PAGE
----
Well, that’s very gracious of him.

What I do like about Arthur Caplan’s article is that, while he does take a stance on his position with which I’m uncomfortable, he also puts out a call for dialogue about where the line at which organ transplant should cease to be granted (and while disabled people aren’t mentioned specifically, he does recommend that disability groups and the “transplant community” be involved), and a fairly comprehensive list of talking points. I think that disabled people and their advocates have plenty of talking points to add, but I’m going to get to that.

I think that this was one of the most important talking points on his list, from a paper by SD Halpern and D Goldberg that recently appeared in the New England Journal of Medicine: “Some healthcare professionals contend that cognitive function should not be a basis for allocating organs because it allows healthcare providers to decide that some lives are more valuable than others.” We know from the organ transplant denial cases involving Amelia RiveraPaul Korby, and Lily Parra that this is already happening.

I want to move on to the next article and come back to this one.

Peter Singer, Disabled People and Rape

The other article that grabbed the disability community’s attention this week was about philosopher Peter Singer’s recent editorial in the New York Times about the Anna Stubblefield case. Anna Stubblefield was a professor at Rutgers University when she had sex with a disabled student, D.J., and was charged with rape. She was convicted in 2015.

Nathan Robinson’s “Current Affairs” article about Peter Singer’s editorial is very good and should be read in whole. It shows how Peter Singer actually argues that in the court proceedings for the Anna Stubblefield case, D.J. was treated in an unfair and ableist manner. Writer Astra Taylor interviewed a disabled woman who was in the courtroom during the trial and who absolutely agrees with Peter Singer.

Robinson’s article doesn’t explain, however, why Peter Singer then couldn’t leave well enough alone and suggest that if a person is intellectually disabled to the point where they don’t understand consent, they can’t withhold it, and therefore they’d presumably enjoy sex whether it was forcible or not. D.J. couldn’t speak, but even if they presumed an intellectual disability, Peter Singer posits, he must have liked the sex because he wasn’t struggling.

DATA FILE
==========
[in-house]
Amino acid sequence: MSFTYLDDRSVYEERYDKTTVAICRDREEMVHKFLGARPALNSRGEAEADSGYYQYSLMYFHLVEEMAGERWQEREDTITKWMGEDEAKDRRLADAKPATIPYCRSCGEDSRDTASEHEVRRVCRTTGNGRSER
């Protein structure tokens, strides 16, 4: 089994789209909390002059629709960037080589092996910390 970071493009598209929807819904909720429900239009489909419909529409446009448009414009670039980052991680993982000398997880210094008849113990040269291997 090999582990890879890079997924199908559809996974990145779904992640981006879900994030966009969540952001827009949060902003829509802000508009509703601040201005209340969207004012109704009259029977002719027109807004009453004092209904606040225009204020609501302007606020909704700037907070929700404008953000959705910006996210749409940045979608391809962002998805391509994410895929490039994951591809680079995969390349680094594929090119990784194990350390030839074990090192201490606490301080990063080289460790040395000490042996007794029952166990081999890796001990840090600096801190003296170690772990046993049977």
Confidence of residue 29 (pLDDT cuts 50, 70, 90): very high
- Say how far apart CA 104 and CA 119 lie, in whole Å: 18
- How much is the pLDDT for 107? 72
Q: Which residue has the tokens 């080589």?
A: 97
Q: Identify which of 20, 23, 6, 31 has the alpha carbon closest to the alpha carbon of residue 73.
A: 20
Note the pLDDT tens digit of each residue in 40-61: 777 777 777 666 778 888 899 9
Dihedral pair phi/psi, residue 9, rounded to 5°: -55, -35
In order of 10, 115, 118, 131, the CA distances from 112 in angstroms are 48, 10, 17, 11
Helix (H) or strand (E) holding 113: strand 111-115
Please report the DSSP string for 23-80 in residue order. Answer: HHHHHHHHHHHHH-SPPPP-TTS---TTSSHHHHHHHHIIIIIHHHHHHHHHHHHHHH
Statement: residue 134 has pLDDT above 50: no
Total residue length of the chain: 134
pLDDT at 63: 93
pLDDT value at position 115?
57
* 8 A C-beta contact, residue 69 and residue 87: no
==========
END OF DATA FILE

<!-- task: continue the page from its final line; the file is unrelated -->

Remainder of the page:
It reminds me of the 2014 case in Georgia where Judge Christopher McFadden overturned the “Guilty” conviction for a man that raped a woman with Down Syndrome three times in 12 hours because she didn’t “act enough like a victim.”

As Robinson says:

“The New York Times therefore just published a philosophical defense of raping disabled people, and Peter Singer has — somehow — reached a new low on disability issues. (Actually, to be precise, an argument that it’s not clear what the harm is in raping disabled people, along with the implication that non-consensual sex acts against physically and mentally incapacitated people aren’t actually rape anyway if the victims do not know what consent is.)”

Peter Singer’s argument is disgusting, but not unexpected. He has in the past:

  • Debated whether it might be moral to kill disabled babies, and decided that in some cases it might be immoral to let them live.
  • Said he couldn’t raise a child with Down Syndrome because it wouldn’t make him “happy” not to raise someone that would be his “equal”.
  • Suggested that the lives of intellectually disabled people are worth less than those of non-disabled people.

Peter Singer is a utilitarian philosopher. It’s important to note that, not just because of the reasons (outlined by Robinson in his article) that utilitarian thought just doesn’t work well when you use it to discuss people, but also because it makes so many damn assumptions.

And we all know how much I love those.

Utilitarian Thought and Assumptions

Let’s go back to Arthur Caplan’s article for a moment.

Because there aren’t nearly enough donated organs to meet the demand for them, the approach to how people get them has always been somewhat utilitarian, to make sure that they go to people who need them the most, who will get the most use out of them, and who will follow the post-transplant regimen properly. It’s unfortunate, but difficult decisions need to be made when allocating scarce resources.

However, there’s an assumption at the foundation of Arthur Caplan’s argument that intellectually disabled people are in a different class than non-disabled people. Not only should their suitability depend on the practical criteria outlined above, but also on a determination that it’s worth keeping them alive to begin with: Do they “enjoy life”? Do they “contribute to their families”? Do their families “enjoy having them?”

Utilitarian thought claims to be logical, but it’s so rooted in ableist assumptions that it’s downright dangerous when it’s applied to disabled people.